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Working from home: One small step away from working from anywhere

(Image credit: Image source: Shutterstock/bikeriderlondon)

The first step on the journey to working from anywhere has been taken: During the first half of 2020, organizations across the world have rapidly ramped up their remote working infrastructure to enable entire teams of employees to relocate their desks from the office to their own homes. As social distancing measures begin to be relaxed in some European countries, parts of the workforce are already returning to their fixed places of work. For IT departments, now is the perfect time to review how the technology deployed during the past few months could be used to maintain smooth business operations and boost employee satisfaction with remote working solutions. As part of this review process, companies should also be taking a closer look at the potential future working models that the crisis pushed us to adopt.

Depending on their strategy for responding to the crisis, the conclusions drawn will vary wildly between organizations. Companies that were already making advances in their digitalization journey and using cloud-based processes to scale mobile working with complete flexibility will have been able to respond quickly, sending their employees home to keep them safe while still ensuring that they had high-performance, secure access to data and applications on the company network or in the cloud. The need to relocate vast swathes of the workforce has meant that the crisis has been somewhat of a baptism by fire for the solutions that were already in place. In the very best-case scenarios, the infrastructure will have proven itself capable of flexibly adjusting to the upsurge in demand without major friction. In these companies, the IT department can be certain that management and employees alike will be grateful for their hard work—and all that is left to do now is fine-tune the infrastructure to eradicate any minor issues that the crisis brought to light.

Crisis forces companies to take the leap to digitalization

Other companies will have used the crisis and the urgency with which changes had to be made to get their digitalization initiatives rolled out faster than they had originally planned. Projects that may have been stuck in planning and preparation for months were suddenly pushed right up to the top of the agenda, opening up access to budgets that had previously been unavailable. In these companies, the time pressure involved in rolling out the new concepts to keep the business going was the IT team’s greatest enemy. Organizations that opted for cloud-based solutions for remote access—sparing themselves the lengthy wait for the shipment and deployment of new hardware infrastructure—put themselves on the right track for success. These companies were able to quickly transfer a previous cloud-based remote access proof of concept to real-time operation, enabling them to benefit from the elasticity of the cloud.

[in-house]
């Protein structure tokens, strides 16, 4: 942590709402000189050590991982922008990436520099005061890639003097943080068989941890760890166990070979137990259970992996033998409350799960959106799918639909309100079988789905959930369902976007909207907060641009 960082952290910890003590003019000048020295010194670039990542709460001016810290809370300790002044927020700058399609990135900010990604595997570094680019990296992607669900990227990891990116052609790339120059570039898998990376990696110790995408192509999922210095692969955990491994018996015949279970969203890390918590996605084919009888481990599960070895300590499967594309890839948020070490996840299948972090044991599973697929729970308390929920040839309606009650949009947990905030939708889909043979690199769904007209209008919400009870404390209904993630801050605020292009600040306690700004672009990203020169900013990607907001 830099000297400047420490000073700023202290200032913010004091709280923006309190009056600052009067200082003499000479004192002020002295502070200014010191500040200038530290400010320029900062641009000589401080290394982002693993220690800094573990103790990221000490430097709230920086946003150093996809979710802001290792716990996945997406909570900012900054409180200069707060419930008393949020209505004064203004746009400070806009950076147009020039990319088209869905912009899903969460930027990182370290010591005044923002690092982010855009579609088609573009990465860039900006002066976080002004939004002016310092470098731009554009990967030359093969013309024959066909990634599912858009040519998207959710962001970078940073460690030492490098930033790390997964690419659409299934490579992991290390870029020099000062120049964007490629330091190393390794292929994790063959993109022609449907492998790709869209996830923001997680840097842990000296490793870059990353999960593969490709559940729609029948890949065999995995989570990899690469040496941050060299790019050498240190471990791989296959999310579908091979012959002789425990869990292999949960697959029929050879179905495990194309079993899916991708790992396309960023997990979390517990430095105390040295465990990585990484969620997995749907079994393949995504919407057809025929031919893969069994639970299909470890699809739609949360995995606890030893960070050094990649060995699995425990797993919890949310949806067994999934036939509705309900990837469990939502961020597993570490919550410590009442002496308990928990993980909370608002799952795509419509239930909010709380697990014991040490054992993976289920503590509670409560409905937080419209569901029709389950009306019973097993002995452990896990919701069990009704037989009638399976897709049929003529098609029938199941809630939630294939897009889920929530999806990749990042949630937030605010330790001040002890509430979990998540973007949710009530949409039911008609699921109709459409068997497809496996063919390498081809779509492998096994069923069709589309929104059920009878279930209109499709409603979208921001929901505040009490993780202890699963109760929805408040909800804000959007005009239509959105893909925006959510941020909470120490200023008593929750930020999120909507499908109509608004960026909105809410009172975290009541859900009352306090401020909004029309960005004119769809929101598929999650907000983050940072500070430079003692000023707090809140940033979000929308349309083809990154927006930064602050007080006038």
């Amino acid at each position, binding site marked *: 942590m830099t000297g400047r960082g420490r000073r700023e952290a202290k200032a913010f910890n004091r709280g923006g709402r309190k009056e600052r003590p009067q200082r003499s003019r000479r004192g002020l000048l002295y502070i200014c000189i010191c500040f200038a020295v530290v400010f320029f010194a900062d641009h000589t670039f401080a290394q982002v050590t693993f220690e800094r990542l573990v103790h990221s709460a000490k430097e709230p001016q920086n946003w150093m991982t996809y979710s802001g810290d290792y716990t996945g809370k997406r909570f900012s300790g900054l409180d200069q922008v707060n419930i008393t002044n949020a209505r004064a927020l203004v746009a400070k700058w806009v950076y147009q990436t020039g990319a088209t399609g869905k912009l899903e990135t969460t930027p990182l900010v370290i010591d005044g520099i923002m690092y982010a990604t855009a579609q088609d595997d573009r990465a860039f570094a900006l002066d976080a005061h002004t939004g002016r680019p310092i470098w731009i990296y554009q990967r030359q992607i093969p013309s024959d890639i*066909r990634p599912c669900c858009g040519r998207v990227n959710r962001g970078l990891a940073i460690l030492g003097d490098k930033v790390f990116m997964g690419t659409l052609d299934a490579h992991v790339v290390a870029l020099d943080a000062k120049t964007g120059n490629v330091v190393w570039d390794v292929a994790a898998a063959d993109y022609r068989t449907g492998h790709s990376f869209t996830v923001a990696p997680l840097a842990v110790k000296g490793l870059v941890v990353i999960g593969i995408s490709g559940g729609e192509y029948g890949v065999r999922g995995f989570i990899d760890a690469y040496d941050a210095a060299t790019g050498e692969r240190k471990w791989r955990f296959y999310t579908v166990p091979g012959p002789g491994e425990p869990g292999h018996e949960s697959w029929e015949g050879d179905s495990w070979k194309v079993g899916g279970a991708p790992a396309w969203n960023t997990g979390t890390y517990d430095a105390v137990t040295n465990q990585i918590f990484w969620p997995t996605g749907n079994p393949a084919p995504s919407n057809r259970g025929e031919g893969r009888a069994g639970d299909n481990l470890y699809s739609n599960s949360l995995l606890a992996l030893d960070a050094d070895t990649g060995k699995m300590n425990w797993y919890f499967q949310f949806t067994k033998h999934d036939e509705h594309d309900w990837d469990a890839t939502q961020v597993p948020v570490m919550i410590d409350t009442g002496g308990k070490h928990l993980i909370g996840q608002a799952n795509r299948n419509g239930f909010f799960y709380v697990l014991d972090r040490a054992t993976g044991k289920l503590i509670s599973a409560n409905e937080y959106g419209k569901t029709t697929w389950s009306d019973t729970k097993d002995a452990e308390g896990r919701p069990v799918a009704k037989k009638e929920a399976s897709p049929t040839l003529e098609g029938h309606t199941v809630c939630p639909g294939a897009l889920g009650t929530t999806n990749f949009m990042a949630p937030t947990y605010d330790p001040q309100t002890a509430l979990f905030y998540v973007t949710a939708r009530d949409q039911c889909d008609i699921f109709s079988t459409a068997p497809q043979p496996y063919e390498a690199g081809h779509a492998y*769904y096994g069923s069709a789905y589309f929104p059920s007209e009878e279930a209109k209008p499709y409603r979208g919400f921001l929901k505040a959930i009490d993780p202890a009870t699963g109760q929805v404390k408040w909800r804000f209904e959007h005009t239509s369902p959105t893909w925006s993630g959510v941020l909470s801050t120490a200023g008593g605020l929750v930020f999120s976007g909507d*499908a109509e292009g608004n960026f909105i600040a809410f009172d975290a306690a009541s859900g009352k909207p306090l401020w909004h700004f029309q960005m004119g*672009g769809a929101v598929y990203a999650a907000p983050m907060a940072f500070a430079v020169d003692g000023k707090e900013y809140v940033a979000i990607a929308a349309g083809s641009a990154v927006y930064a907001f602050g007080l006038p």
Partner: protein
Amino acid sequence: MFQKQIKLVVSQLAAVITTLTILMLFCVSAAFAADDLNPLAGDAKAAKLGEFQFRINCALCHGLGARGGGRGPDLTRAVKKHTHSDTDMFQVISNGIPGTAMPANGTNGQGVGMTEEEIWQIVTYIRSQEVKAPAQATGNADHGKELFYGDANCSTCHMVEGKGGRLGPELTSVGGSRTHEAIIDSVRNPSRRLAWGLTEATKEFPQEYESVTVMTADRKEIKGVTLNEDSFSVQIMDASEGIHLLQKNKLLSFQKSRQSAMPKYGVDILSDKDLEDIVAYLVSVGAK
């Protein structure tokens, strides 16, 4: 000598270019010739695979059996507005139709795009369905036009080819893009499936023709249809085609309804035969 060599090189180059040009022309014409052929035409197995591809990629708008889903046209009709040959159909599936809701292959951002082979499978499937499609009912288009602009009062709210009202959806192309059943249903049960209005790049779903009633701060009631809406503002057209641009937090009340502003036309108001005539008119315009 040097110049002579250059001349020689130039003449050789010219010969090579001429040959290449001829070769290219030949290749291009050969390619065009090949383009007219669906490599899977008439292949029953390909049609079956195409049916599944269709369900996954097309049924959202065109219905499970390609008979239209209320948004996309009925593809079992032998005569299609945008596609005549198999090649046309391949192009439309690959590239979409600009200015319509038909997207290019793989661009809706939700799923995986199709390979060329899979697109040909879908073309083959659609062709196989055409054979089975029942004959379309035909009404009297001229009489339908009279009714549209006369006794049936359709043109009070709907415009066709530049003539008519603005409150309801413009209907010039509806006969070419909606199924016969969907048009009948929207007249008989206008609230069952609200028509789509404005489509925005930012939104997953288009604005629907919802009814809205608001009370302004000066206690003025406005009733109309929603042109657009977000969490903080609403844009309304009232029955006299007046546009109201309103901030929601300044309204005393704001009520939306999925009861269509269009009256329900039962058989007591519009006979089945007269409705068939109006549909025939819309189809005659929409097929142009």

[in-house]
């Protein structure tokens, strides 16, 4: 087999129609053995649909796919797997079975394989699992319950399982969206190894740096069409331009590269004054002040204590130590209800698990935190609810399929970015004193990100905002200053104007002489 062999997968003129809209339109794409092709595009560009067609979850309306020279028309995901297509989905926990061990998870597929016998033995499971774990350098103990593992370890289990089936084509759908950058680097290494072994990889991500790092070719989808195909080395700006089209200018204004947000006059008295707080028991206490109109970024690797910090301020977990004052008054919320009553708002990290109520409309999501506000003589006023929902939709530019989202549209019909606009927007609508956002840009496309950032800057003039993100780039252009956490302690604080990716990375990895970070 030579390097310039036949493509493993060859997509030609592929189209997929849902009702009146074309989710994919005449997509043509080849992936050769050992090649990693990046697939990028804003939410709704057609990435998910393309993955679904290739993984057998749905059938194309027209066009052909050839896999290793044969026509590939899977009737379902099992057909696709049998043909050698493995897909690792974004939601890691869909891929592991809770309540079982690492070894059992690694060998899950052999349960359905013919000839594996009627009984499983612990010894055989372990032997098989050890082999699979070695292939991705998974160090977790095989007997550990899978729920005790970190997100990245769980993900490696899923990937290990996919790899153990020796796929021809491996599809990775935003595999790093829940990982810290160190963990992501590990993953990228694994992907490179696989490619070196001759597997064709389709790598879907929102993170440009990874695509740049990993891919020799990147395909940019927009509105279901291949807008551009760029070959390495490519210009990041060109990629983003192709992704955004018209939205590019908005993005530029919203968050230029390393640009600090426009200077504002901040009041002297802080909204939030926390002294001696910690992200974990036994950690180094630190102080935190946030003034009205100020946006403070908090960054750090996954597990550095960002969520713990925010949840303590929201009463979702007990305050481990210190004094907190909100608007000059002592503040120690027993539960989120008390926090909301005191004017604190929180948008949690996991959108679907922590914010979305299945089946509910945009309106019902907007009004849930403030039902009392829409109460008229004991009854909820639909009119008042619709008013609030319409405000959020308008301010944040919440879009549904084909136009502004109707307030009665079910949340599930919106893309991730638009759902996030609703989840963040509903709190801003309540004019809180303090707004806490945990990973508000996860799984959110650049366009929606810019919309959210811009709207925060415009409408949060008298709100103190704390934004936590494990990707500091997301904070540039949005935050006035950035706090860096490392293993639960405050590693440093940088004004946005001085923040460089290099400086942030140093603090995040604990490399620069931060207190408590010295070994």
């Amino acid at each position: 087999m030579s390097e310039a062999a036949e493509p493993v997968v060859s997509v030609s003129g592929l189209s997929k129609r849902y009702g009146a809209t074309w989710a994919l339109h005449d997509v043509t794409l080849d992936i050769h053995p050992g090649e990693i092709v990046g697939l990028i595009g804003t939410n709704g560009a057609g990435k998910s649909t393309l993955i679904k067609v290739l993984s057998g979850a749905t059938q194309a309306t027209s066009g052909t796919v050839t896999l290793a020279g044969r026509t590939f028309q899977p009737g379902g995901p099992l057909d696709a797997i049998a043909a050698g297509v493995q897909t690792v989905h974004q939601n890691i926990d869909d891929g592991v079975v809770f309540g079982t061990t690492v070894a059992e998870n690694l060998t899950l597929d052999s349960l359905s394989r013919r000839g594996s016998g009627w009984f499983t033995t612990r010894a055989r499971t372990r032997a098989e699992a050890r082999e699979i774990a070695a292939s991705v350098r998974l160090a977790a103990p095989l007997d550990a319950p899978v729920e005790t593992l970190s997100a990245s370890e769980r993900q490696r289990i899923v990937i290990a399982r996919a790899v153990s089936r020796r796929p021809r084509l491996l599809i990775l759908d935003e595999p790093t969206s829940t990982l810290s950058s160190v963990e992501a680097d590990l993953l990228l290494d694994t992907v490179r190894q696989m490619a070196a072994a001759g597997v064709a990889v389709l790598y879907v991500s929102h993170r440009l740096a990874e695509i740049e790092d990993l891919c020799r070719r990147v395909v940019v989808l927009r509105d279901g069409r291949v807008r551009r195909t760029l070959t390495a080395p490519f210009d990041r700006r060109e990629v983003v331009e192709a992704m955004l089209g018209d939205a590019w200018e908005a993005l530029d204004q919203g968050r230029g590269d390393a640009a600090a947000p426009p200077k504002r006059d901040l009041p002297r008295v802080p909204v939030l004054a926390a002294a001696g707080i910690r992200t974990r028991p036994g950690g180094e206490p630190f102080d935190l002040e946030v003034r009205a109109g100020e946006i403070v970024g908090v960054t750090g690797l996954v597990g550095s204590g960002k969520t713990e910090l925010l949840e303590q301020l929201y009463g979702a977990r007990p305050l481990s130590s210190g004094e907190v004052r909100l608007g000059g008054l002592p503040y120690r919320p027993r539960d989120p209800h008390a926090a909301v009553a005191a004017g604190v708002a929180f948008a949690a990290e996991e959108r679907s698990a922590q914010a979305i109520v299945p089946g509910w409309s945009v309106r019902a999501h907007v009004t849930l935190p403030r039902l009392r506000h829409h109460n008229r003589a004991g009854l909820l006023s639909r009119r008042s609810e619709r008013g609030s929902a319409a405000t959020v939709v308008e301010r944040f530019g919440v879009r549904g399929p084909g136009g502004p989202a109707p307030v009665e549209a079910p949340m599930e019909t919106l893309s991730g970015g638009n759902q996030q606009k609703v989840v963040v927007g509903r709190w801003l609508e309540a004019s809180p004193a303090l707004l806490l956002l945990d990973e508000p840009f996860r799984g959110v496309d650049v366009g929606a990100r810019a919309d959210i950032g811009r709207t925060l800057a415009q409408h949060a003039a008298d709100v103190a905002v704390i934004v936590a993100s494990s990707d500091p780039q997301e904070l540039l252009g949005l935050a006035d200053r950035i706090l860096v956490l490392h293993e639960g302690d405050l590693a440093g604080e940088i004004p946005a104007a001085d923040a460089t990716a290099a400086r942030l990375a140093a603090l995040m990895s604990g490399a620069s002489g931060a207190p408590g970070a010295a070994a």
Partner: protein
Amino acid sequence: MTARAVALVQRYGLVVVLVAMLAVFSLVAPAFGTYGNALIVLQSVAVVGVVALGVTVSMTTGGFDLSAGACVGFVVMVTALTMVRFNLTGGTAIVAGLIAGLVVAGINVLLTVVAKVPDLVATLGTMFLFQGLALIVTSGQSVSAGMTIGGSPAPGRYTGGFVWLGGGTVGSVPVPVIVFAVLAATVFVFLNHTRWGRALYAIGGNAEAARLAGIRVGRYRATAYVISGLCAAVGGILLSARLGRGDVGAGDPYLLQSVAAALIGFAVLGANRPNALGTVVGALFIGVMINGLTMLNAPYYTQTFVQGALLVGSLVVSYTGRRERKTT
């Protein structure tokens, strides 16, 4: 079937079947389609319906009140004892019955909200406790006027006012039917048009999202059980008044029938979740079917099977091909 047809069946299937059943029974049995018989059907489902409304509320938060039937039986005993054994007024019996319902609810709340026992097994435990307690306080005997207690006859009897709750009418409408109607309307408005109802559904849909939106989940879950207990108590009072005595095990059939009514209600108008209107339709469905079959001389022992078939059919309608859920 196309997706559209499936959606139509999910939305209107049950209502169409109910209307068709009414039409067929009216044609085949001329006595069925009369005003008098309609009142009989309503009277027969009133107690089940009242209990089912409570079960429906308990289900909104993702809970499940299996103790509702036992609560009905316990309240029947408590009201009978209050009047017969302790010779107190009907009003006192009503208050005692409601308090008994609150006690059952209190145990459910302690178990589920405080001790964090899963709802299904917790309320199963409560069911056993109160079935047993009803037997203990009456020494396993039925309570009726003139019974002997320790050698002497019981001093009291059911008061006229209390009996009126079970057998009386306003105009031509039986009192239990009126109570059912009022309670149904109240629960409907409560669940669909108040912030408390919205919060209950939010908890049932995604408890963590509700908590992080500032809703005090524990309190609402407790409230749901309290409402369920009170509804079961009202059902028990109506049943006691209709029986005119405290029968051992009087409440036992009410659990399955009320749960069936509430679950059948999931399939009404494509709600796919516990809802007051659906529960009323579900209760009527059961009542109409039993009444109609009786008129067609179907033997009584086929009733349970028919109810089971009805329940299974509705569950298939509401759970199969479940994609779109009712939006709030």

Other companies will have opted to upgrade existing hardware-based infrastructures. In these organizations, large budgets will have been signed off in record time to allow the company to invest in expanding its tried-and-tested remote access technology. However, given that the existing network and connectivity setup will—in all likelihood—have proven inadequate to cope with the sudden increase in demand for bandwidth and VPN capacity, these companies will have needed to deploy emergency solutions while awaiting delivery of new hardware. They may have had staff working from home and in the office in shifts, or introduce different time windows for using the remote access infrastructure from home to avoid bandwidth bottlenecks. In these cases, the employees are the ones who have suffered; they will have had to work on poorly performing systems to access the work environments they needed to do their jobs.

Lessons learnt from the crisis

The crisis forced organizations to rapidly devise solutions to get their employees online and able to work from home. These hastily implemented concepts must now be re-evaluated in terms of their practicality and their cost—as well as security and future-readiness. In most cases, it is likely to become clear that employees were able to be productive when working from home and that business operations can be maintained remotely if employees have high-performance access to all the applications they need, without any restrictions. Suddenly, this realization has placed all the old prejudices about working from home on shaky ground while also encouraging businesses to think about things very differently.